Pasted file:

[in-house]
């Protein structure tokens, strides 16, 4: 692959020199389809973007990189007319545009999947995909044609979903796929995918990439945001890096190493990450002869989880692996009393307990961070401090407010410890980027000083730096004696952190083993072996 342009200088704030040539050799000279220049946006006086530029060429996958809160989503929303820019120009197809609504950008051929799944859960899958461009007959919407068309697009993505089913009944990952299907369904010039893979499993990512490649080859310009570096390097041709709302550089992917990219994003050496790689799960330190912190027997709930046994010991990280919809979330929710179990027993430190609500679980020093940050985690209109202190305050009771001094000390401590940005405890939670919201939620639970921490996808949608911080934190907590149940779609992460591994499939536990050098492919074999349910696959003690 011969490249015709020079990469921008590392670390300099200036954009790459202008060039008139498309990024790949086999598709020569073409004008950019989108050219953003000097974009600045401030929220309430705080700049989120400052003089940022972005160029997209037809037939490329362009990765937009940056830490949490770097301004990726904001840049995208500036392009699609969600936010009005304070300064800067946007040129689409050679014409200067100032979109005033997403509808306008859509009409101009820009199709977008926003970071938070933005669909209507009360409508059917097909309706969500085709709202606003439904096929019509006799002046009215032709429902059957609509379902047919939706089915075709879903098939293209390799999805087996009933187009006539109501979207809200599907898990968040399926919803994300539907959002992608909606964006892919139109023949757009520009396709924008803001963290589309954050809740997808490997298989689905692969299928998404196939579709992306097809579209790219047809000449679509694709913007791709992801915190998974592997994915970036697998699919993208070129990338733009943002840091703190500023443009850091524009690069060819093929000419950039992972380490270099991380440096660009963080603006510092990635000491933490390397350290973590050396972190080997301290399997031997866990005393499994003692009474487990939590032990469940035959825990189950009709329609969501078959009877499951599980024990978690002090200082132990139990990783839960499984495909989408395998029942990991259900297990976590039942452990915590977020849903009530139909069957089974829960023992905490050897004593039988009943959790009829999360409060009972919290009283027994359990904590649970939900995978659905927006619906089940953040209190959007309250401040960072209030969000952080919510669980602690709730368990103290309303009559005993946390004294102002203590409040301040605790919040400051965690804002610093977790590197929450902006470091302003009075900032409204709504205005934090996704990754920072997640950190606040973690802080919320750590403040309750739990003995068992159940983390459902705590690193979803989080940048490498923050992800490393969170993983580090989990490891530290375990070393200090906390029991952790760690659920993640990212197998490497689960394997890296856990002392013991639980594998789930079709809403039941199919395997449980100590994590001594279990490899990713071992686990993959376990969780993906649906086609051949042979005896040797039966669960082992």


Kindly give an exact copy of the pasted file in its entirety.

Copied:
[in-house]
């Protein structure tokens, strides 16, 4: 692959020199389809973007990189007319545009999947995909044609979903796929995918990439945001890096190493990450002869989880692996009393307990961070401090407010410890980027000083730096004696952190083993072996 342009200088704030040539050799000279220049946006006086530029060429996958809160989503929303820019120009197809609504950008051929799944859960899958461009007959919407068309697009993505089913009944990952299907369904010039893979499993990512490649080859310009570096390097041709709302550089992917990219994003050496790689799960330190912190027997709930046994010991990280919809979330929710179990027993430190609500679980020093940050985690209109202190305050009771001094000390401590940005405890939670919201939620639970921490996808949608911080934190907590149940779609992460591994499939536990050098492919074999349910696959003690 011969490249015709020079990469921008590392670390300099200036954009790459202008060039008139498309990024790949086999598709020569073409004008950019989108050219953003000097974009600045401030929220309430705080700049989120400052003089940022972005160029997209037809037939490329362009990765937009940056830490949490770097301004990726904001840049995208500036392009699609969600936010009005304070300064800067946007040129689409050679014409200067100032979109005033997403509808306008859509009409101009820009199709977008926003970071938070933005669909209507009360409508059917097909309706969500085709709202606003439904096929019509006799002046009215032709429902059957609509379902047919939706089915075709879903098939293209390799999805087996009933187009006539109501979207809200599907898990968040399926919803994300539907959002992608909606964006892919139109023949757009520009396709924008803001963290589309954050809740997808490997298989689905692969299928998404196939579709992306097809579209790219047809000449679509694709913007791709992801915190998974592997994915970036697998699919993208070129990338733009943002840091703190500023443009850091524009690069060819093929000419950039992972380490270099991380440096660009963080603006510092990635000491933490390397350290973590050396972190080997301290399997031997866990005393499994003692009474487990939590032990469940035959825990189950009709329609969501078959009877499951599980024990978690002090200082132990139990990783839960499984495909989408395998029942990991259900297990976590039942452990915590977020849903009530139909069957089974829960023992905490050897004593039988009943959790009829999360409060009972919290009283027994359990904590649970939900995978659905927006619906089940953040209190959007309250401040960072209030969000952080919510669980602690709730368990103290309303009559005993946390004294102002203590409040301040605790919040400051965690804002610093977790590197929450902006470091302003009075900032409204709504205005934090996704990754920072997640950190606040973690802080919320750590403040309750739990003995068992159940983390459902705590690193979803989080940048490498923050992800490393969170993983580090989990490891530290375990070393200090906390029991952790760690659920993640990212197998490497689960394997890296856990002392013991639980594998789930079709809403039941199919395997449980100590994590001594279990490899990713071992686990993959376990969780993906649906086609051949042979005896040797039966669960082992």